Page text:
Thomas Richard Bolin was born on 1st August 1951 in Sioux City Iowa. His father Richard was of Scandinavian descent and his mother Barbara was of Syrian. Tommy was later joined by younger brothers Johnnie and Rick (“Pudge”).
Tommy’s early interest in music centered around the sight of Elvis Presley on the Caravan of Stars television show, followed by Richard taking some of the family to see an Elvis performance when Tommy was five years old. That same year Tommy learned to pantomime to “Heartbreak Hotel” and appeared on “Kids Corner” (a local TV talent show) wearing a full Elvis costume. The station was impressed and asked him back three days later. He also came in second at a talent show at Lake Okoboji, after which his obsession with rock and roll began.
Drums were Tommy’s first choice for an instrument, but the expense of a full kit prompted Tommy to move to keyboards and guitar. He kept drumming as a hobby all his life, which he credited in later interviews as contributing to his fast, powerful and accurate picking attack on guitar. His first guitar was a Silvertone with the amp built into his case that Richard got for $65 from Sears, which was followed by a Gretch Country Gentleman.
Johnny Wells, a friend of Tommy relates that “Tommy bought a Gretch Country Gentleman guitar from United Teachers of Morningside in Sioux City around 1967. I was there when he carried it out of the store. But to my recollection he brought it back soon after. I also remember him buying a Mosrite solid body guitar, but I don’t believe he kept that one very long either. He also purchased one of those vinyl-covered Kustom amps with it. I really remember when he brought that thing back. He was not very happy about it. He did experiment though.”
His school only offered music lessons every other year, so Tommy looked to private teachers, first a Mr. Flood, and then a Mrs. Sullivan, neither of whom related to the music that Tommy intended to pursue. After those experiences he then learned by hanging out with other young musicians, invariable a few years older than himself. Their musical experience and knowledge rubbed off on him, and he was spending time learning songs and licks off of records.
Tommy’s first band was called the Miserlous, but he was quickly heard by members of Denny and The Triumphs, an experienced group of teenagers organized by George Larvick, Sr., father of band members Brad and George Jr. Tommy was invited to jam, and soon joined the group. Not long after, bassist Denny Foote was sacked, and the band changed it’s name to Patch of Blue with George Jr. taking over Denny’s bass spot. Patch of Blue lasted until mid-1967.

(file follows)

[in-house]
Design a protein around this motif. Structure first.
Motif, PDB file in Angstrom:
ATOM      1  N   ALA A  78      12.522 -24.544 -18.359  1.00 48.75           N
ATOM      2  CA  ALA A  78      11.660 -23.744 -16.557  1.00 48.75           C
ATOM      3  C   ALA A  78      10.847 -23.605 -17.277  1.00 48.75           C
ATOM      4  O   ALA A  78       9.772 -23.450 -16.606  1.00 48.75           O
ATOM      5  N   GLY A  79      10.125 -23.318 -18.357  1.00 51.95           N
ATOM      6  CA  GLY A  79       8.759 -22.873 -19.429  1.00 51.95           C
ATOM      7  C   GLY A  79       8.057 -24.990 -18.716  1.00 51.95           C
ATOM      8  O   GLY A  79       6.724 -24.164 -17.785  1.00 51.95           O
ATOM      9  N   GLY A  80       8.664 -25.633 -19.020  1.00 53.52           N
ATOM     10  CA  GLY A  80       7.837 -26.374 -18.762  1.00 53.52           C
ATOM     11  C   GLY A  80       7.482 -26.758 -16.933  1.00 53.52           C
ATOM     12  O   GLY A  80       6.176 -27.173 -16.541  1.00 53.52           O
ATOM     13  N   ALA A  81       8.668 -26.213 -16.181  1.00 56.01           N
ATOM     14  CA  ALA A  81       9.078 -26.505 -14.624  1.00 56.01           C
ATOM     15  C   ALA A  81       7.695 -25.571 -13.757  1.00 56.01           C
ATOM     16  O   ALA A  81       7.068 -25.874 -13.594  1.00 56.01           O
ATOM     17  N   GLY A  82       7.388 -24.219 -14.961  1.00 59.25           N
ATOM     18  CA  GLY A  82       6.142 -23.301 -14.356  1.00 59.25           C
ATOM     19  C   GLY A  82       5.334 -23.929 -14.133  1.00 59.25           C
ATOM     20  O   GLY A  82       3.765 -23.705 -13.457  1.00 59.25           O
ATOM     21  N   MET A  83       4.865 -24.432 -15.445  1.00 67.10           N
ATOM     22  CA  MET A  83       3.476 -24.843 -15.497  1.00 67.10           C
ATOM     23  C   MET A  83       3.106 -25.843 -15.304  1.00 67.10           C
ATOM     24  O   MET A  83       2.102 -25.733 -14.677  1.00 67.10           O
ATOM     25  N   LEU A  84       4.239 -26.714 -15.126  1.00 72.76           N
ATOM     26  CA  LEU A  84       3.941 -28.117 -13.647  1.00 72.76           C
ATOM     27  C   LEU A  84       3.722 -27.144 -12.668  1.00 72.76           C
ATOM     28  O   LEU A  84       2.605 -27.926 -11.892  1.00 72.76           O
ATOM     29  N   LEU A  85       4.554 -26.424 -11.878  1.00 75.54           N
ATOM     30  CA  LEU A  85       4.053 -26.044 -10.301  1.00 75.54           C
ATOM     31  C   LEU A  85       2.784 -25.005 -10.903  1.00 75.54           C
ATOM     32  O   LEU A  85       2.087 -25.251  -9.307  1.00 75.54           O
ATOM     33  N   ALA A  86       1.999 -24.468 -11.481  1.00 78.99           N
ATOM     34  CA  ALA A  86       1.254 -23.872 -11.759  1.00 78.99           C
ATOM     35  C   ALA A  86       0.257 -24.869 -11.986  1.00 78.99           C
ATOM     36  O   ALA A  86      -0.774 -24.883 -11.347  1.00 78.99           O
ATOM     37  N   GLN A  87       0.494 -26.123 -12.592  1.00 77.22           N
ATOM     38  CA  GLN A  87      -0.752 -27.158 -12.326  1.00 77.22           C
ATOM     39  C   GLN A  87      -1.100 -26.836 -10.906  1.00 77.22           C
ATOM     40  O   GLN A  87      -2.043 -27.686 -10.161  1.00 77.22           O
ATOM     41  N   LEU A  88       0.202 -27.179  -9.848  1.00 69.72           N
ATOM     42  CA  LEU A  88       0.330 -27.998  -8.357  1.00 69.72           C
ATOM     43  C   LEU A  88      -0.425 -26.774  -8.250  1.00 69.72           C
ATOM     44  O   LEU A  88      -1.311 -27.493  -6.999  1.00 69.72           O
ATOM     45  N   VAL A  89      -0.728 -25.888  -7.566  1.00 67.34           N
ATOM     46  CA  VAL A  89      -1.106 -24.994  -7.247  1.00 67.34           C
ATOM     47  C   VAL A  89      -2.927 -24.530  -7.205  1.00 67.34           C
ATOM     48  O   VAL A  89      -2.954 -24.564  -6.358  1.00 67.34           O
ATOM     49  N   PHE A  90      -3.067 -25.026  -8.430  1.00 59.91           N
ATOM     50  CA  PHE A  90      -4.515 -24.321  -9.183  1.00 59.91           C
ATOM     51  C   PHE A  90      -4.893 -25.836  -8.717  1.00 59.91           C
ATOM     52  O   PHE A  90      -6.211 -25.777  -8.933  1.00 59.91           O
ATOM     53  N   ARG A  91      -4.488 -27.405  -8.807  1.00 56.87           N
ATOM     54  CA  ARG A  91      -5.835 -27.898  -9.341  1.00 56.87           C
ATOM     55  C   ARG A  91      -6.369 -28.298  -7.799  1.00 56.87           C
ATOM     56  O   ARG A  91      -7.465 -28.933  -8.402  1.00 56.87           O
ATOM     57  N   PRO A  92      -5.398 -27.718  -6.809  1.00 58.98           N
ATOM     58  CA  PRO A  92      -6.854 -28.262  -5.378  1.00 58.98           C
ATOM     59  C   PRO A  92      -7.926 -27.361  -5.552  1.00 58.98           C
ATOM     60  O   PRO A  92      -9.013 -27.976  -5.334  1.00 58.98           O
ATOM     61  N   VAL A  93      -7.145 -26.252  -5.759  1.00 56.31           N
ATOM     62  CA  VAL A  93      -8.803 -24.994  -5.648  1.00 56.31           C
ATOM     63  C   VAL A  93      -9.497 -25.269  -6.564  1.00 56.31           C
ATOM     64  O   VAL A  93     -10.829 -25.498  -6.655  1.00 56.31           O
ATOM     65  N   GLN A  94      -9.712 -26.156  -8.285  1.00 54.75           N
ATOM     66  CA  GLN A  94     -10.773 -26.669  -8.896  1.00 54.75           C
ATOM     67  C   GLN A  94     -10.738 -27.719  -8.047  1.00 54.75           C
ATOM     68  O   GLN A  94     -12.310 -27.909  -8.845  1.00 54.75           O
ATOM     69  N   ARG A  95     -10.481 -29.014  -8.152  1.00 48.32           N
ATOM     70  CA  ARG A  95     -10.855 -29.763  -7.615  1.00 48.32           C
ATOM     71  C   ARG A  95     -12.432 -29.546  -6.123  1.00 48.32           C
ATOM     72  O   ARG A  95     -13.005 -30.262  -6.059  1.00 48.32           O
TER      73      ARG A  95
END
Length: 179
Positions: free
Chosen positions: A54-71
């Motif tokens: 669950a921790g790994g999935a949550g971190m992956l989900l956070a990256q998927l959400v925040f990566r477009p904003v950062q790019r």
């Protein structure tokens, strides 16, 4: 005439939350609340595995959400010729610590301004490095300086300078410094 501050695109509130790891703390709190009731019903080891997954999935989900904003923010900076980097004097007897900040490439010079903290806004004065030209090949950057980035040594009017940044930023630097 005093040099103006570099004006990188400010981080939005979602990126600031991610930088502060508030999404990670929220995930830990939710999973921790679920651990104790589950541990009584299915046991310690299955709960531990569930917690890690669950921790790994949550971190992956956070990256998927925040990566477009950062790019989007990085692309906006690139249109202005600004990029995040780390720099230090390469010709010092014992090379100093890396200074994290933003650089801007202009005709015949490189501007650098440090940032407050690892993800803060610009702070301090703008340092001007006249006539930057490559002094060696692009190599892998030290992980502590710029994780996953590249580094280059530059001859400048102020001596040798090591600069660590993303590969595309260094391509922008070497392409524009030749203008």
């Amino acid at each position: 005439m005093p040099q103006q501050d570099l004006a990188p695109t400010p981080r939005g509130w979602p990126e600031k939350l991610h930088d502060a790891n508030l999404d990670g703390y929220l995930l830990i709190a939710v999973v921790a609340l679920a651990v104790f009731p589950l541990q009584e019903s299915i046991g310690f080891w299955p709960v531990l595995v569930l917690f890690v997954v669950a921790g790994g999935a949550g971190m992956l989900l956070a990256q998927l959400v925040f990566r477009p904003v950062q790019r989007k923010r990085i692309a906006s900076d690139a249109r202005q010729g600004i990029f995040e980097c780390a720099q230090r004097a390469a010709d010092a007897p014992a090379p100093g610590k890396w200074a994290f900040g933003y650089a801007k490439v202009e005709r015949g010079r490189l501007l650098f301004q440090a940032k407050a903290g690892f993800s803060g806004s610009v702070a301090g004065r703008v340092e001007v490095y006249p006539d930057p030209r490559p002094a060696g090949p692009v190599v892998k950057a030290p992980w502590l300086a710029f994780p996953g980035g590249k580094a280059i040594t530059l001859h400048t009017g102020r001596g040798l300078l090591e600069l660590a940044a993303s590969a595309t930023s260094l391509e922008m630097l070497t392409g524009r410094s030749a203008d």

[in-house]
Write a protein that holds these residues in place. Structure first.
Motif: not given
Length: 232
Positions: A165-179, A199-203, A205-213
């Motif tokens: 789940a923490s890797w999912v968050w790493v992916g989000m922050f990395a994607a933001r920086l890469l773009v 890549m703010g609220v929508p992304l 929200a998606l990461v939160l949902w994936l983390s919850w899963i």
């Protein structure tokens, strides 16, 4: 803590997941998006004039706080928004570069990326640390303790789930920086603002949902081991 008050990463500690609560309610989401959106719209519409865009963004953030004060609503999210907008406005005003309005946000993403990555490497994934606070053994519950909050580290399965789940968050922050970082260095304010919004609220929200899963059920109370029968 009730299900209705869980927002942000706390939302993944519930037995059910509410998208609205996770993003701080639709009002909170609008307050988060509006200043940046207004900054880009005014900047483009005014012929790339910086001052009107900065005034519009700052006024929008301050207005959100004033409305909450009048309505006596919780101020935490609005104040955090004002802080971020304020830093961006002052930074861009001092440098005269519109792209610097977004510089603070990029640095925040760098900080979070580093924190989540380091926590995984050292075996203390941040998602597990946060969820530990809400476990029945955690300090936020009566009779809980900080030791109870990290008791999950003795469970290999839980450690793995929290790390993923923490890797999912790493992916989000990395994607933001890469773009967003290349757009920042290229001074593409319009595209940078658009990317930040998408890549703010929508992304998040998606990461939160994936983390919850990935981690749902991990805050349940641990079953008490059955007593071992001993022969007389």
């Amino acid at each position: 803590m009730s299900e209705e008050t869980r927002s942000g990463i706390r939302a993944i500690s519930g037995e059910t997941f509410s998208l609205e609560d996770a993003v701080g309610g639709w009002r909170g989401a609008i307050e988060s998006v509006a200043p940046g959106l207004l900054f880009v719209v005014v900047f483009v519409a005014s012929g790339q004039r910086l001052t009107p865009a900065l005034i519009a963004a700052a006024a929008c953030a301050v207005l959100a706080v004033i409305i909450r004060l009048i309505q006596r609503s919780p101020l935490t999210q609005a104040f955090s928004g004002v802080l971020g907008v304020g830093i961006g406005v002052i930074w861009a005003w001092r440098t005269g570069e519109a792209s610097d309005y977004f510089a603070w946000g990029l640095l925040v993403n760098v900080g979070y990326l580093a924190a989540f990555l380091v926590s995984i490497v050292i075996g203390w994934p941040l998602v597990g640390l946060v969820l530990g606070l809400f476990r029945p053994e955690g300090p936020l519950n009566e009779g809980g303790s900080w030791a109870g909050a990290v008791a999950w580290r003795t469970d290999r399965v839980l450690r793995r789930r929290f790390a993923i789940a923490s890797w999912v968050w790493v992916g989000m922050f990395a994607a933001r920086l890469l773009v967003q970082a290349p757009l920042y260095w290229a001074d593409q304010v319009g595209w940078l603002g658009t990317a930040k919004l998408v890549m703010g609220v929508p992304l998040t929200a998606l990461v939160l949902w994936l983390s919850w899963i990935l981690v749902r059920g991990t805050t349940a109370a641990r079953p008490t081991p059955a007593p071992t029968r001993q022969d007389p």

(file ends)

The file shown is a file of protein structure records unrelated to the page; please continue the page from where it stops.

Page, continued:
After Patch of Blue broke up, Tommy played jobs with various bands, but not committing to a firm lineup. On one trip in the fall of 1967 to play at the University of South Dakota he met lyricist John Tesar for the first time. Tesar would continue to work with Tommy for the rest of his life.
Another group Tommy was involved with was called The Chateaux. We have very little information about the period of Tommy’s involvement with this band. Tommy is seen in a publicity photo with them at age 14. He may have played on a single of “Reference Man” by Bob Ellison that was released on Eye Records in 1968, which was after Tommy moved to Denver. Side A had a short version that didn’t feature guitar heavily, but side B had the same song with extended guitar work. Tommy was a solid player for his age, but had not yet developed the distinctive style and tone he would become later known for, so listening to it does not make it easy to make judgement on if it’s Tommy. In any case Tommy gained more experience with the band.
In 1967 Tommy was 15 years old and in the 11th grade in high school. He was subject to frequent reprimands from school officials, primarily for grooming violations. When asked to get his long hair cut up to his collar he did, then when they subsequently told him that he would have to cut it above his ears and give up music he left school for good.
Throughout his life Richard and Barb had given Tommy all the support possible to fulfill his dreams as a musician, and they continued to do so until the day of his passing. With their blessing he left for Denver after receiving a phone call from Brad Miller, Patch of Blue’s second guitarist, who had moved to Denver after leaving the band. Colorado, and Boulder in particular, was at that time a mecca for musicians from all over the country.
Copyright ©2005 John Herdt.